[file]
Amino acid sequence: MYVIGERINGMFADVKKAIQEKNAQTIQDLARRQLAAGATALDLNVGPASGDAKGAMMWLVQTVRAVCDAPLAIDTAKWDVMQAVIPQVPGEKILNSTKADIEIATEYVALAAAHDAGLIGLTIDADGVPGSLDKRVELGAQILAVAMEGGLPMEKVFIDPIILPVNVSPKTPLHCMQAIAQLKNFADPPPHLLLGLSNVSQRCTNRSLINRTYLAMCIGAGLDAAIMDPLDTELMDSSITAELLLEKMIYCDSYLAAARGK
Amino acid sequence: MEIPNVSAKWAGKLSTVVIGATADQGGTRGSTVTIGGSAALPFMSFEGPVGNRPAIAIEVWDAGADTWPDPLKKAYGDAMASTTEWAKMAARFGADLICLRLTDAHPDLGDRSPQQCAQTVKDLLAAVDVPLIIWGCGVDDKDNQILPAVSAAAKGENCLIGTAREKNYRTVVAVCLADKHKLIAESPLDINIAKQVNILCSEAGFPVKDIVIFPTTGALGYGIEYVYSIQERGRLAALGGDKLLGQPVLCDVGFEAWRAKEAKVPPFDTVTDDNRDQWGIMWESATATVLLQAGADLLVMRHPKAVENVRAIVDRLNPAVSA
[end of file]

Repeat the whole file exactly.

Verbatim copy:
Amino acid sequence: MYVIGERINGMFADVKKAIQEKNAQTIQDLARRQLAAGATALDLNVGPASGDAKGAMMWLVQTVRAVCDAPLAIDTAKWDVMQAVIPQVPGEKILNSTKADIEIATEYVALAAAHDAGLIGLTIDADGVPGSLDKRVELGAQILAVAMEGGLPMEKVFIDPIILPVNVSPKTPLHCMQAIAQLKNFADPPPHLLLGLSNVSQRCTNRSLINRTYLAMCIGAGLDAAIMDPLDTELMDSSITAELLLEKMIYCDSYLAAARGK
Amino acid sequence: MEIPNVSAKWAGKLSTVVIGATADQGGTRGSTVTIGGSAALPFMSFEGPVGNRPAIAIEVWDAGADTWPDPLKKAYGDAMASTTEWAKMAARFGADLICLRLTDAHPDLGDRSPQQCAQTVKDLLAAVDVPLIIWGCGVDDKDNQILPAVSAAAKGENCLIGTAREKNYRTVVAVCLADKHKLIAESPLDINIAKQVNILCSEAGFPVKDIVIFPTTGALGYGIEYVYSIQERGRLAALGGDKLLGQPVLCDVGFEAWRAKEAKVPPFDTVTDDNRDQWGIMWESATATVLLQAGADLLVMRHPKAVENVRAIVDRLNPAVSA